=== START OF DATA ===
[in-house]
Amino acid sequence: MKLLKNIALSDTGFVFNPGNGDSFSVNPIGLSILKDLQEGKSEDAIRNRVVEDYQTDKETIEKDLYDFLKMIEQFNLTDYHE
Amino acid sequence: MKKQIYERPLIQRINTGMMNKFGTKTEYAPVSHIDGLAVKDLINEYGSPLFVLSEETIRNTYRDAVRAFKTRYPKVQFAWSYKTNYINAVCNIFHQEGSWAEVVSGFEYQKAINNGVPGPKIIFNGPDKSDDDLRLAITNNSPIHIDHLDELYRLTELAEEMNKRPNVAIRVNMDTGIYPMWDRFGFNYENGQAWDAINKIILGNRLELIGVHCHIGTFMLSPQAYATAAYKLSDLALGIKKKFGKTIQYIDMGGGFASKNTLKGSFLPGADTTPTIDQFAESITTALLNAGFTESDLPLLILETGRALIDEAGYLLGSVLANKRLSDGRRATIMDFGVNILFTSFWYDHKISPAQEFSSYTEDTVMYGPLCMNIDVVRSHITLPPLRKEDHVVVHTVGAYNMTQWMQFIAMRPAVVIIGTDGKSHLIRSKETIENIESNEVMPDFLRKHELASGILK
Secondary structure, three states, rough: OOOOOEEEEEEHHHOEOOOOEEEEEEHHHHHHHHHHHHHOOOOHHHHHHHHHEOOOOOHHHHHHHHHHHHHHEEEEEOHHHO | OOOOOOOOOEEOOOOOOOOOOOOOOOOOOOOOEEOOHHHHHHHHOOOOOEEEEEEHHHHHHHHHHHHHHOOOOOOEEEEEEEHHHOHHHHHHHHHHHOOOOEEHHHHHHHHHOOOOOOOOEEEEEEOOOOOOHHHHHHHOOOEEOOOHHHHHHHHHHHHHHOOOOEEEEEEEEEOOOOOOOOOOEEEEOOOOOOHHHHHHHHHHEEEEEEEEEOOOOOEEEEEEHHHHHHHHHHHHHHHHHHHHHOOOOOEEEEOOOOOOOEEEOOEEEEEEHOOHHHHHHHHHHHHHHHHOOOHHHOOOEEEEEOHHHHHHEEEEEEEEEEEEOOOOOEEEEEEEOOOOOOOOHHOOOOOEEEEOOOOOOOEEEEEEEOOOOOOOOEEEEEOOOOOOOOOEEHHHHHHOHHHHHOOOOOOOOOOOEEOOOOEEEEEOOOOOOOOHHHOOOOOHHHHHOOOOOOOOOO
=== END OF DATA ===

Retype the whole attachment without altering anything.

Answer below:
[in-house]
Amino acid sequence: MKLLKNIALSDTGFVFNPGNGDSFSVNPIGLSILKDLQEGKSEDAIRNRVVEDYQTDKETIEKDLYDFLKMIEQFNLTDYHE
Amino acid sequence: MKKQIYERPLIQRINTGMMNKFGTKTEYAPVSHIDGLAVKDLINEYGSPLFVLSEETIRNTYRDAVRAFKTRYPKVQFAWSYKTNYINAVCNIFHQEGSWAEVVSGFEYQKAINNGVPGPKIIFNGPDKSDDDLRLAITNNSPIHIDHLDELYRLTELAEEMNKRPNVAIRVNMDTGIYPMWDRFGFNYENGQAWDAINKIILGNRLELIGVHCHIGTFMLSPQAYATAAYKLSDLALGIKKKFGKTIQYIDMGGGFASKNTLKGSFLPGADTTPTIDQFAESITTALLNAGFTESDLPLLILETGRALIDEAGYLLGSVLANKRLSDGRRATIMDFGVNILFTSFWYDHKISPAQEFSSYTEDTVMYGPLCMNIDVVRSHITLPPLRKEDHVVVHTVGAYNMTQWMQFIAMRPAVVIIGTDGKSHLIRSKETIENIESNEVMPDFLRKHELASGILK
Secondary structure, three states, rough: OOOOOEEEEEEHHHOEOOOOEEEEEEHHHHHHHHHHHHHOOOOHHHHHHHHHEOOOOOHHHHHHHHHHHHHHEEEEEOHHHO | OOOOOOOOOEEOOOOOOOOOOOOOOOOOOOOOEEOOHHHHHHHHOOOOOEEEEEEHHHHHHHHHHHHHHOOOOOOEEEEEEEHHHOHHHHHHHHHHHOOOOEEHHHHHHHHHOOOOOOOOEEEEEEOOOOOOHHHHHHHOOOEEOOOHHHHHHHHHHHHHHOOOOEEEEEEEEEOOOOOOOOOOEEEEOOOOOOHHHHHHHHHHEEEEEEEEEOOOOOEEEEEEHHHHHHHHHHHHHHHHHHHHHOOOOOEEEEOOOOOOOEEEOOEEEEEEHOOHHHHHHHHHHHHHHHHOOOHHHOOOEEEEEOHHHHHHEEEEEEEEEEEEOOOOOEEEEEEEOOOOOOOOHHOOOOOEEEEOOOOOOOEEEEEEEOOOOOOOOEEEEEOOOOOOOOOEEHHHHHHOHHHHHOOOOOOOOOOOEEOOOOEEEEEOOOOOOOOHHHOOOOOHHHHHOOOOOOOOOO